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Home > Dictionary of Science Quotations > Scientist Names Index N > Florence Nightingale Quotes > Nurse

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Florence Nightingale
(12 May 1820 - 13 Aug 1910)

English nurse and statistician , known as “The Lady With The Lamp,” who pioneered the improvement of nursing practices following her experience in the Crimean War, and continued to raise respect for nurses as medical professionals.


Florence Nightingale Quotes on Nurse (8 quotes)

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>> Click for Florence Nightingale Quotes on | Health | Patient |

In a 1852 letter, Nightingale records the opinion of a young surgeon:
The account he gives of nurses beats everything that even I know of. This young prophet says that they are all drunkards, without exception, Sisters and all, and that there are but two whom the surgeon can trust to give the patients their medicines.
— Florence Nightingale
Letter to Miss H. Bonham Carter (8 Jan 1852), quoted in Edward Tyas Cook, The Life of Florence Nightingale (1914), Vol. 1, 116.
Science quotes on:  |  Drunkard (4)  |  Medicine (322)  |  Nurse (19)  |  Patient (116)  |  Surgeon (43)  |  Trust (40)

A nurse is to maintain the air within the room as fresh as the air without, without lowering the temperature.
— Florence Nightingale
In Notes on Nursing: What It Is and What It Is Not (1859), 10.
Science quotes on:  |  Air (151)  |  Fresh (21)  |  Maintain (22)  |  Nurse (19)  |  Room (29)  |  Temperature (42)

Beggars in the streets of London were at that time leading the lives of princes, compared to the life of our soldiers in the Crimea when I arrived on the scene with thirty-six nurses.
— Florence Nightingale
As quoted in ‘Little Chats With Big People’, The Scrap Book (Jan 1908), 5, No. 1, 43.
Science quotes on:  |  Beggar (3)  |  Compared (8)  |  Life (917)  |  London (12)  |  Nurse (19)  |  Prince (9)  |  Soldier (9)  |  Street (17)  |  War (144)

For it may safely be said, not that the habit of ready and correct observation will by itself make us useful nurses, but that without it we shall be useless with all our devotion.
— Florence Nightingale
Notes on Nursing: What it is and what it is not (1860), 160.

Hospitals are only an intermediate stage of civilization, never intended ... to take in the whole sick population. May we hope that the day will come ... when every poor sick person will have the opportunity of a share in a district sick-nurse at home.
— Florence Nightingale
In 'Nursing of the Sick' paper, collected in Hospitals, Dispensaries and Nursing: Papers and Discussions in the International Congress of Charities, Correction and Philanthropy, Section III, Chicago, June 12th to 17th, 1893 (1894), 457.
Science quotes on:  |  Civilization (155)  |  District (7)  |  Home (58)  |  Hospital (33)  |  Intent (5)  |  Intermediate (16)  |  Nurse (19)  |  Opportunity (43)  |  Poor (46)  |  Population (71)  |  Share (30)  |  Sick (23)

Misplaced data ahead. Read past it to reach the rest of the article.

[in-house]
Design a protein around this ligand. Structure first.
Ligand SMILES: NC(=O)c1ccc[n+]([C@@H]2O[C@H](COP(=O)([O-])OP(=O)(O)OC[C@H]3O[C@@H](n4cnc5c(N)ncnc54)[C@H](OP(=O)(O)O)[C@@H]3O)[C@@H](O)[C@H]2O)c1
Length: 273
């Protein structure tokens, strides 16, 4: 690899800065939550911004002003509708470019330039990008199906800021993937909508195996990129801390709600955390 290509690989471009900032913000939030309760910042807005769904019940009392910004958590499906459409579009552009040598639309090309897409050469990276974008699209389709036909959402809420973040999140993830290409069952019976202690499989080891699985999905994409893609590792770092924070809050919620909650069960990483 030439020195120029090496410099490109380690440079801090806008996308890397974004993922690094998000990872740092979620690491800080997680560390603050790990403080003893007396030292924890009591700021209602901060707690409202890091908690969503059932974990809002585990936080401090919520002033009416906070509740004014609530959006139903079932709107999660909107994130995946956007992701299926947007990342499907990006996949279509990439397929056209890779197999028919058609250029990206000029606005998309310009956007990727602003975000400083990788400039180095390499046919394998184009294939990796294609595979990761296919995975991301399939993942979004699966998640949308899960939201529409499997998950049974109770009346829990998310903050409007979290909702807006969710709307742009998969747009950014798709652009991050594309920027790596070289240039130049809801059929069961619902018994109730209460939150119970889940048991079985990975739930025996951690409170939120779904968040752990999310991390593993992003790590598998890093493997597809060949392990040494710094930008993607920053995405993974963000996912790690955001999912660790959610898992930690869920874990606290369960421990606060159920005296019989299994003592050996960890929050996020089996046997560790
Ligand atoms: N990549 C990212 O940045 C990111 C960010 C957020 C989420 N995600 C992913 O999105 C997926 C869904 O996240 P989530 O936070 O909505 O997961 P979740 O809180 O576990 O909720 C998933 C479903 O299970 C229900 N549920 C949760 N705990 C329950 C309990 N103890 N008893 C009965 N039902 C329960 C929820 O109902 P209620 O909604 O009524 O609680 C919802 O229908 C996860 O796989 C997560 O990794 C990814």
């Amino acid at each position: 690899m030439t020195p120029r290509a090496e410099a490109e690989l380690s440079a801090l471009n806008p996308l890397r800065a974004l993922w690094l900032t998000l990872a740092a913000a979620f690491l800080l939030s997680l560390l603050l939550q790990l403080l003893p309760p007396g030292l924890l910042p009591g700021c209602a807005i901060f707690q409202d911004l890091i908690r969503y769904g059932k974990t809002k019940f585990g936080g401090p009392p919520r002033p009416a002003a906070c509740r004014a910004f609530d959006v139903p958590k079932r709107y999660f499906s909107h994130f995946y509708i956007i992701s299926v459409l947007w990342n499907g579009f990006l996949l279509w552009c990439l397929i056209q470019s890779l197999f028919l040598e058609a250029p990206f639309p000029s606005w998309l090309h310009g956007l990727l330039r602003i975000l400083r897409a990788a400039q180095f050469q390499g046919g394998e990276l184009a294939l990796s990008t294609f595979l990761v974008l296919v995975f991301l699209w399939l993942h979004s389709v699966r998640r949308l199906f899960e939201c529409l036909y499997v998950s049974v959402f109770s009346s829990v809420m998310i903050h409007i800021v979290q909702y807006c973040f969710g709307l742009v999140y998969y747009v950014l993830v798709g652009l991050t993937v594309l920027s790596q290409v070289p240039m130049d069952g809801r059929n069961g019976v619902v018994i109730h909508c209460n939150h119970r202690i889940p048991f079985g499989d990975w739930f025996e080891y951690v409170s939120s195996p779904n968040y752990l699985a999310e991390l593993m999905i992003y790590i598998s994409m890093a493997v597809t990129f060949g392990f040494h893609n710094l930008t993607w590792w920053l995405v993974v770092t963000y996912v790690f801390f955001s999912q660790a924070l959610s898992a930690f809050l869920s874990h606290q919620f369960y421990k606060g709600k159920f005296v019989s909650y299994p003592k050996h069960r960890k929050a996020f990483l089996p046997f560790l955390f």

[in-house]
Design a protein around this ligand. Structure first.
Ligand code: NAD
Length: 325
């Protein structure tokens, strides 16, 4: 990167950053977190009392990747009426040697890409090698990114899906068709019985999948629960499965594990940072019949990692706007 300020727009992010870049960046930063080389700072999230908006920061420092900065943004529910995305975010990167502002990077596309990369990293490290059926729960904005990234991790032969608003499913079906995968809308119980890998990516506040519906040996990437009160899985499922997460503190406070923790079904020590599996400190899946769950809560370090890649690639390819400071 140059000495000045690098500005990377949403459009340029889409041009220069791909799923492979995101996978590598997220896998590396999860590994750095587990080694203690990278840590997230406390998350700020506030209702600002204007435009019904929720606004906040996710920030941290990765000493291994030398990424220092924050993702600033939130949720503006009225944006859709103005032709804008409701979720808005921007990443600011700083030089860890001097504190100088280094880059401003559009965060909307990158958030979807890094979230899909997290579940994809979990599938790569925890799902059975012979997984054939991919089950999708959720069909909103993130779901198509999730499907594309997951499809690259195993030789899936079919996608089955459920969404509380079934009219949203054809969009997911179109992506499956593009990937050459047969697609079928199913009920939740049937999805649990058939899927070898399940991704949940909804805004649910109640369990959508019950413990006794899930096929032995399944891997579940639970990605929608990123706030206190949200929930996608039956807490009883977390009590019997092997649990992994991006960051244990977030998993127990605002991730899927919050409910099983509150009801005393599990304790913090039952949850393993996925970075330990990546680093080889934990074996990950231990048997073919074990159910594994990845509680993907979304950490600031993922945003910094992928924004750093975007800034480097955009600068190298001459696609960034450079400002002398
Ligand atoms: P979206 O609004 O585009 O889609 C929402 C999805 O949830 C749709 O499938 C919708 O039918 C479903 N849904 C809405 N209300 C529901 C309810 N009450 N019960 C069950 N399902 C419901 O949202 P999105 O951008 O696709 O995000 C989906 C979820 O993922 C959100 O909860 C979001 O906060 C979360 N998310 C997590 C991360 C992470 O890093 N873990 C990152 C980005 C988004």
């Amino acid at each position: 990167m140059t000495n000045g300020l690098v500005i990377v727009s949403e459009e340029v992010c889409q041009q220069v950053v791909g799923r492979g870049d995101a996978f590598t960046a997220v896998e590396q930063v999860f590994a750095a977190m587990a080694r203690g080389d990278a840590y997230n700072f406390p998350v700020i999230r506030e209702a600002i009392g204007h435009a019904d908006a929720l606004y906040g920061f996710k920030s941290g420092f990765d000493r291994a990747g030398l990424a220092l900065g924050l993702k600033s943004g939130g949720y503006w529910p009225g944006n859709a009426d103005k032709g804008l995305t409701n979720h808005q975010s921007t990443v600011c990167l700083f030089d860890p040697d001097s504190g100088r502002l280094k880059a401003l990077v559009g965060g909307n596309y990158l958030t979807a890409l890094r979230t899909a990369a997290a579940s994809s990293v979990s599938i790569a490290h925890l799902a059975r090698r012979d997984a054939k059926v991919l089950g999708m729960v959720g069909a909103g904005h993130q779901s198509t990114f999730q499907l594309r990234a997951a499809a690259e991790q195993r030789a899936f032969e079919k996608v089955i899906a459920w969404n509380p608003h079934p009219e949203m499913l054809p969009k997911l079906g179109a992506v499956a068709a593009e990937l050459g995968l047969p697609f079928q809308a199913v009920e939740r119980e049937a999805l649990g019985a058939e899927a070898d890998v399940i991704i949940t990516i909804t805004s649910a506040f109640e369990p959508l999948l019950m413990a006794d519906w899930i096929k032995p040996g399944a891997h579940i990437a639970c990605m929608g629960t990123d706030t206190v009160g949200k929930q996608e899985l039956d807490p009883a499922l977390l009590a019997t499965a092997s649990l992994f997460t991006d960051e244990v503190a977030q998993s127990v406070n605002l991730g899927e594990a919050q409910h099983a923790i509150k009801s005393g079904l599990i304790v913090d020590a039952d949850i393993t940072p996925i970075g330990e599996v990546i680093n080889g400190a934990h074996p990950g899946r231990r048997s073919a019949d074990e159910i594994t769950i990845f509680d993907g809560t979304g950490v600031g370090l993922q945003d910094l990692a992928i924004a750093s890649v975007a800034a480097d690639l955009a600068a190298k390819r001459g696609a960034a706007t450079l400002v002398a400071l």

I use the word nursing for want of a better. It has been limited to signify little more than the administration of medicines and the application of poultices. It ought to signify the proper use of fresh air, light, warmth, cleanliness, quiet, and the proper selection and administration of diet—all at the least expense of vital power to the patient.
— Florence Nightingale
Notes on Nursing: What it is and what it is not (1860), 2.
Science quotes on:  |  Nurse (19)

No man, not even a doctor, ever gives any other definition of what a nurse should be than this—“devoted and obedient.” This definition would do just as well for a porter. It might even do for a horse. It would not do for a policeman.
— Florence Nightingale
Notes on Nursing: what it is and what it is not (1860), 200.
Science quotes on:  |  Nurse (19)

The very elements of what constitutes good nursing are as little understood for the well as for the sick. The same laws of health, or of nursing, for they are in reality the same, obtain among the well as among the sick.
— Florence Nightingale
Notes on Nursing: What it is and what it is not (1860), 4.
Science quotes on:  |  Health (136)  |  Nurse (19)


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Carl Sagan Thumbnail In science it often happens that scientists say, 'You know that's a really good argument; my position is mistaken,' and then they would actually change their minds and you never hear that old view from them again. They really do it. It doesn't happen as often as it should, because scientists are human and change is sometimes painful. But it happens every day. I cannot recall the last time something like that happened in politics or religion. (1987) -- Carl Sagan
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- 90 -
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- 70 -
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- 40 -
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- 30 -
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